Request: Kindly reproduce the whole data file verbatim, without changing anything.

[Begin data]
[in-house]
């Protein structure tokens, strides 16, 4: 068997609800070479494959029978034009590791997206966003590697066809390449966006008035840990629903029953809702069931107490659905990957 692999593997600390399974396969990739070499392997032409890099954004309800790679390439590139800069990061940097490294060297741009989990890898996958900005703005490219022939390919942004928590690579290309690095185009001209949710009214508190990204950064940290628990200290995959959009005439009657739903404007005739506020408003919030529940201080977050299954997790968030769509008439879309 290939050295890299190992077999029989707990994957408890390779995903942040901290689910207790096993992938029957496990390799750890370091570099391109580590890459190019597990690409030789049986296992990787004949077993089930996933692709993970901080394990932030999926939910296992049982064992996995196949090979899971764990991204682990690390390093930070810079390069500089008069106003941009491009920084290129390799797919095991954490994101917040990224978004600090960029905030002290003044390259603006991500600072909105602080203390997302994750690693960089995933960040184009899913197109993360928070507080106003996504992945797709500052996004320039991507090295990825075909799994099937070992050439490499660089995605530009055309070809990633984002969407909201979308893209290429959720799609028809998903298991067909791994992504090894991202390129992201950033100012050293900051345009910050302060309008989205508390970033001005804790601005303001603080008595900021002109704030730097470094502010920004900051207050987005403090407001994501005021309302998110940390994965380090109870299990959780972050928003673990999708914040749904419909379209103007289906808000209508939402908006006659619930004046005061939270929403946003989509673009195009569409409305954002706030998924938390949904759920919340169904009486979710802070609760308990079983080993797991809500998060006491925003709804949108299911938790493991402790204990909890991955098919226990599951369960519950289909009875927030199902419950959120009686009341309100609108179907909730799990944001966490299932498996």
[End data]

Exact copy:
[in-house]
């Protein structure tokens, strides 16, 4: 068997609800070479494959029978034009590791997206966003590697066809390449966006008035840990629903029953809702069931107490659905990957 692999593997600390399974396969990739070499392997032409890099954004309800790679390439590139800069990061940097490294060297741009989990890898996958900005703005490219022939390919942004928590690579290309690095185009001209949710009214508190990204950064940290628990200290995959959009005439009657739903404007005739506020408003919030529940201080977050299954997790968030769509008439879309 290939050295890299190992077999029989707990994957408890390779995903942040901290689910207790096993992938029957496990390799750890370091570099391109580590890459190019597990690409030789049986296992990787004949077993089930996933692709993970901080394990932030999926939910296992049982064992996995196949090979899971764990991204682990690390390093930070810079390069500089008069106003941009491009920084290129390799797919095991954490994101917040990224978004600090960029905030002290003044390259603006991500600072909105602080203390997302994750690693960089995933960040184009899913197109993360928070507080106003996504992945797709500052996004320039991507090295990825075909799994099937070992050439490499660089995605530009055309070809990633984002969407909201979308893209290429959720799609028809998903298991067909791994992504090894991202390129992201950033100012050293900051345009910050302060309008989205508390970033001005804790601005303001603080008595900021002109704030730097470094502010920004900051207050987005403090407001994501005021309302998110940390994965380090109870299990959780972050928003673990999708914040749904419909379209103007289906808000209508939402908006006659619930004046005061939270929403946003989509673009195009569409409305954002706030998924938390949904759920919340169904009486979710802070609760308990079983080993797991809500998060006491925003709804949108299911938790493991402790204990909890991955098919226990599951369960519950289909009875927030199902419950959120009686009341309100609108179907909730799990944001966490299932498996």